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With Robert Zoellick’s announcement that he will step down from the World Bank presidency at the end of June, now comes the question of who his successor will be, particularly whether it will be an American.  Just a few days ago I commented on the awkwardness of the situation for the White House. The White House has committed in international fora to an open, merit-based, transparent process, but domestic politics (including some would argue continued support for the World Bank from the Congress) dictates  that it make every possible effort to place an American once again in that office.

It does matter who runs the World Bank and how she or he arrives there.  Why?

First,  the president of the bank has immense power. The bank is big and complicated (more than 10,000 staff in Washington and 130 countries around the world, and an annual administrative budget of about $2 billion).  It houses impressive technical and financial resources. Last  year it disbursed more than $20 billion in loans and grants; in 2009 when a global recession loomed the bank disbursed about $45 billion in response to G-20 calls for a global liquidity push.  On one hand the bank’s size and decentralized structure make it hard to manage; it is famously, unlike the orderly IMF, full of upstarts and entrepreneurs at the staff level.  On the other hand, the bank is a highly merit-based, performance-based bureaucracy.  The staff respond to a fault to the priorities a president sets. Moreover the bank’s governance structure gives most of the “do” power to management; the large resident Board can at best slow things down – and because the president chairs it, the Board has minimal formal ability to hold management accountable.

Second, it matters who runs the bank because the world has big problems the bank can help to address, and big opportunities the bank can advance.  In a 2006 in CGD report, we outlined five tasks for the then-incoming president (who turned out to be Paul Wolfowitz).  To a large extent, despite Zoellick’s impressive performance in calming the waters and putting the bank back on course in the last five years, he did not manage to steer the bank in the new direction those five tasks represent.  Let me mention three of them.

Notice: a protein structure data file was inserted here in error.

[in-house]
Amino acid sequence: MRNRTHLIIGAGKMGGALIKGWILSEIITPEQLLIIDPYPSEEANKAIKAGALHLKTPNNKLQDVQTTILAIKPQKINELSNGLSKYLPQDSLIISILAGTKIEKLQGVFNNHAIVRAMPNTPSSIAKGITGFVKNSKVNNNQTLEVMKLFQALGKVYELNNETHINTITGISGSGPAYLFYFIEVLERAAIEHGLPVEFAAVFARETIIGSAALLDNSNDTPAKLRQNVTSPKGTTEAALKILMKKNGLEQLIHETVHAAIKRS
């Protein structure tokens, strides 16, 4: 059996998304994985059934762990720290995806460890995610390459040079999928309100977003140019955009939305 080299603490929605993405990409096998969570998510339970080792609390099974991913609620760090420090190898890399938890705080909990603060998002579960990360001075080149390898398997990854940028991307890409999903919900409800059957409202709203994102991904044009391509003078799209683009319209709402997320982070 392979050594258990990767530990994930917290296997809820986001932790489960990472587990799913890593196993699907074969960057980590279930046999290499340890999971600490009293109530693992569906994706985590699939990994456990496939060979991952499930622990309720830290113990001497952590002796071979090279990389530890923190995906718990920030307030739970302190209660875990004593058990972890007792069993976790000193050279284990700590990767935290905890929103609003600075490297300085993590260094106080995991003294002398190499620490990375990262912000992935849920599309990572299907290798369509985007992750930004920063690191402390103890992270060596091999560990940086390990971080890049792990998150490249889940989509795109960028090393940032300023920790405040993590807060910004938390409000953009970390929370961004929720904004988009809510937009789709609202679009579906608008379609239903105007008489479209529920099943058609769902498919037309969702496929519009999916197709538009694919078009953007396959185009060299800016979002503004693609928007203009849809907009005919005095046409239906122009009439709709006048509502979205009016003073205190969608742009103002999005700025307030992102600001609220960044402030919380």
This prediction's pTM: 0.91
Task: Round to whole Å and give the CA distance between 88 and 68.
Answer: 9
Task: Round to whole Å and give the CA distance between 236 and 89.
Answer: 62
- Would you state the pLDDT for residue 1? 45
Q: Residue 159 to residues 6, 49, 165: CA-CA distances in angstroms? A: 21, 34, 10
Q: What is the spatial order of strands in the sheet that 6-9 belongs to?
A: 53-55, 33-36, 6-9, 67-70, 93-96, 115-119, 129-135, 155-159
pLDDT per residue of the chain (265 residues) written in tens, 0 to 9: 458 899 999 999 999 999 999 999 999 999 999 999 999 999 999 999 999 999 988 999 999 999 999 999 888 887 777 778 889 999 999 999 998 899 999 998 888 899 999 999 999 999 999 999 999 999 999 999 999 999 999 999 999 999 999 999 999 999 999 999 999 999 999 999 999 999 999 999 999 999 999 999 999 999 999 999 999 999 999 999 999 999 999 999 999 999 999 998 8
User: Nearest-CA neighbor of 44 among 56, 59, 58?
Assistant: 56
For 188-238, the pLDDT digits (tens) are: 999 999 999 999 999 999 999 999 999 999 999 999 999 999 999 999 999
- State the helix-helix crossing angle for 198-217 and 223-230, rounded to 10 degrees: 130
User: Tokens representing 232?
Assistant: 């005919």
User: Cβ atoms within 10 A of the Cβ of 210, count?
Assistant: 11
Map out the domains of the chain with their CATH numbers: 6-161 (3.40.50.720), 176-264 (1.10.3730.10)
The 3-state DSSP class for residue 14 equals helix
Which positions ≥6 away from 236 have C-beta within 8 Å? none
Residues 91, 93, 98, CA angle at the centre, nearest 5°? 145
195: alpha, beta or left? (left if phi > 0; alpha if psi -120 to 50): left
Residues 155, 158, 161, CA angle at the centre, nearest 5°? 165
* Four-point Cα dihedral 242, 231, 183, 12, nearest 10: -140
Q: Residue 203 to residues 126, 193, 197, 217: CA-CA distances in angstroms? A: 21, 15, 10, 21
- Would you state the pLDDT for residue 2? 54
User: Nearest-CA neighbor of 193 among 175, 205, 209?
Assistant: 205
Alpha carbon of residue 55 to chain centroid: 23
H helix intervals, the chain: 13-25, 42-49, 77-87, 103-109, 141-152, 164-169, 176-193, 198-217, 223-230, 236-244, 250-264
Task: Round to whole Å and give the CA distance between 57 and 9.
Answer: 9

• The global commons and global public goods.  The possible deterioration of the global commons puts at risk the bank’s fundamental mission of supporting sustainable, poverty-reducing growth and development.  Consider these examples: climate change, increasing cross-border health risks ranging from pandemic flu to drug resistance the collapse of fisheries, and politically and economically destabilizing water and other natural resource scarcities. There are many experts and many UN, civil society and academic institutions concerned with these problems. But the World Bank may be the only single institution that can bring the combination of financial, technical and political clout to help shape a global response. So far that hasn’t happened.  The bank is involved in all those areas, but its involvement is ad hoc, heavily constrained by its dependence on the country-based loan instrument (e.g. no financing for intellectual property licensing, no mandate to provide independent verification of forest changes) or on special rich country donor initiatives (its climate investment funds are trust funds dependent on UK and other special contributions).  To address these problems of the global commons and global public goods, the next World Bank president will need the legitimacy and the persuasive powers to corral the bank’s members, to win a clear mandate and associated tools and financing to play a more central role – as catalyst, provocateur, and innovator.